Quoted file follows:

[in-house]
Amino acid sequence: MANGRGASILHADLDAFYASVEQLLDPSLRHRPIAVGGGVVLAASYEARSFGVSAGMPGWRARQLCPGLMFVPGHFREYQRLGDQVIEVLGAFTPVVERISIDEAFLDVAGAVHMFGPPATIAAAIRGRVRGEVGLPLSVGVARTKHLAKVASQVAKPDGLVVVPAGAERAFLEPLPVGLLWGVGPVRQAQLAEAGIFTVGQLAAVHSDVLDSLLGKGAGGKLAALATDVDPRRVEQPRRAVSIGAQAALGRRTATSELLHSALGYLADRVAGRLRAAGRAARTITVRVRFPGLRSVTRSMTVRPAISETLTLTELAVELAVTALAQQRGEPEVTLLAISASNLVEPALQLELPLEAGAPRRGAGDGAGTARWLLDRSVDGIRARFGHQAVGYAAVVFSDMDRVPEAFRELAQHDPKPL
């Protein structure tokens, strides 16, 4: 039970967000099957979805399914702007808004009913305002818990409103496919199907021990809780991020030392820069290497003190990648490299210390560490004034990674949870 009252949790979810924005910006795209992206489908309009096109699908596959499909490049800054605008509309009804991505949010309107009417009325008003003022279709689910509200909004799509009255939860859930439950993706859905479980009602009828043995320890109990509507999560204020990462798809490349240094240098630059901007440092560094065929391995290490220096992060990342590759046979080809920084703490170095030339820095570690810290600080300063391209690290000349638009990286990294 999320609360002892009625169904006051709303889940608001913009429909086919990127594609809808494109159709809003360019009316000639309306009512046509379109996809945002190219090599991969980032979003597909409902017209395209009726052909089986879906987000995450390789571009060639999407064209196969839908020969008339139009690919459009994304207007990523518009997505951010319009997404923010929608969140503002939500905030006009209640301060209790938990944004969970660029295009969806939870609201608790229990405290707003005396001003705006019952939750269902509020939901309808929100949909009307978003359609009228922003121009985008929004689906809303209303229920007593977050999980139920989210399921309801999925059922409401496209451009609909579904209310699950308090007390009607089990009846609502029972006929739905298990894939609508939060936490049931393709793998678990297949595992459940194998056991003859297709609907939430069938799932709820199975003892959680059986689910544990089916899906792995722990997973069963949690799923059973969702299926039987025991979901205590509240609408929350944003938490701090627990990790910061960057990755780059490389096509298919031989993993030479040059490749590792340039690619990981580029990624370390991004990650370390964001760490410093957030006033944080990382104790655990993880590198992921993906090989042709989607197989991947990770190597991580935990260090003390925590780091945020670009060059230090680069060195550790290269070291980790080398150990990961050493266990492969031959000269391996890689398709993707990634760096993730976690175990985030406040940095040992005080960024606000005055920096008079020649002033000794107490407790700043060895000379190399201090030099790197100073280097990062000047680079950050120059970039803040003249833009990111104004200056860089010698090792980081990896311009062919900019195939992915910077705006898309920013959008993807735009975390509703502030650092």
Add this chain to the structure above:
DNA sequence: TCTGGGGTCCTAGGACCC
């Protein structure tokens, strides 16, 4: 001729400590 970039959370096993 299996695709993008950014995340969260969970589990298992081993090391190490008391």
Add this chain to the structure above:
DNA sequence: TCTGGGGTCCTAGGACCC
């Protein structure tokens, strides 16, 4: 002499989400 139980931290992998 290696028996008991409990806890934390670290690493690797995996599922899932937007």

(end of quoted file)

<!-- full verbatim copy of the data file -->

[in-house]
Amino acid sequence: MANGRGASILHADLDAFYASVEQLLDPSLRHRPIAVGGGVVLAASYEARSFGVSAGMPGWRARQLCPGLMFVPGHFREYQRLGDQVIEVLGAFTPVVERISIDEAFLDVAGAVHMFGPPATIAAAIRGRVRGEVGLPLSVGVARTKHLAKVASQVAKPDGLVVVPAGAERAFLEPLPVGLLWGVGPVRQAQLAEAGIFTVGQLAAVHSDVLDSLLGKGAGGKLAALATDVDPRRVEQPRRAVSIGAQAALGRRTATSELLHSALGYLADRVAGRLRAAGRAARTITVRVRFPGLRSVTRSMTVRPAISETLTLTELAVELAVTALAQQRGEPEVTLLAISASNLVEPALQLELPLEAGAPRRGAGDGAGTARWLLDRSVDGIRARFGHQAVGYAAVVFSDMDRVPEAFRELAQHDPKPL
């Protein structure tokens, strides 16, 4: 039970967000099957979805399914702007808004009913305002818990409103496919199907021990809780991020030392820069290497003190990648490299210390560490004034990674949870 009252949790979810924005910006795209992206489908309009096109699908596959499909490049800054605008509309009804991505949010309107009417009325008003003022279709689910509200909004799509009255939860859930439950993706859905479980009602009828043995320890109990509507999560204020990462798809490349240094240098630059901007440092560094065929391995290490220096992060990342590759046979080809920084703490170095030339820095570690810290600080300063391209690290000349638009990286990294 999320609360002892009625169904006051709303889940608001913009429909086919990127594609809808494109159709809003360019009316000639309306009512046509379109996809945002190219090599991969980032979003597909409902017209395209009726052909089986879906987000995450390789571009060639999407064209196969839908020969008339139009690919459009994304207007990523518009997505951010319009997404923010929608969140503002939500905030006009209640301060209790938990944004969970660029295009969806939870609201608790229990405290707003005396001003705006019952939750269902509020939901309808929100949909009307978003359609009228922003121009985008929004689906809303209303229920007593977050999980139920989210399921309801999925059922409401496209451009609909579904209310699950308090007390009607089990009846609502029972006929739905298990894939609508939060936490049931393709793998678990297949595992459940194998056991003859297709609907939430069938799932709820199975003892959680059986689910544990089916899906792995722990997973069963949690799923059973969702299926039987025991979901205590509240609408929350944003938490701090627990990790910061960057990755780059490389096509298919031989993993030479040059490749590792340039690619990981580029990624370390991004990650370390964001760490410093957030006033944080990382104790655990993880590198992921993906090989042709989607197989991947990770190597991580935990260090003390925590780091945020670009060059230090680069060195550790290269070291980790080398150990990961050493266990492969031959000269391996890689398709993707990634760096993730976690175990985030406040940095040992005080960024606000005055920096008079020649002033000794107490407790700043060895000379190399201090030099790197100073280097990062000047680079950050120059970039803040003249833009990111104004200056860089010698090792980081990896311009062919900019195939992915910077705006898309920013959008993807735009975390509703502030650092």
Add this chain to the structure above:
DNA sequence: TCTGGGGTCCTAGGACCC
């Protein structure tokens, strides 16, 4: 001729400590 970039959370096993 299996695709993008950014995340969260969970589990298992081993090391190490008391």
Add this chain to the structure above:
DNA sequence: TCTGGGGTCCTAGGACCC
């Protein structure tokens, strides 16, 4: 002499989400 139980931290992998 290696028996008991409990806890934390670290690493690797995996599922899932937007």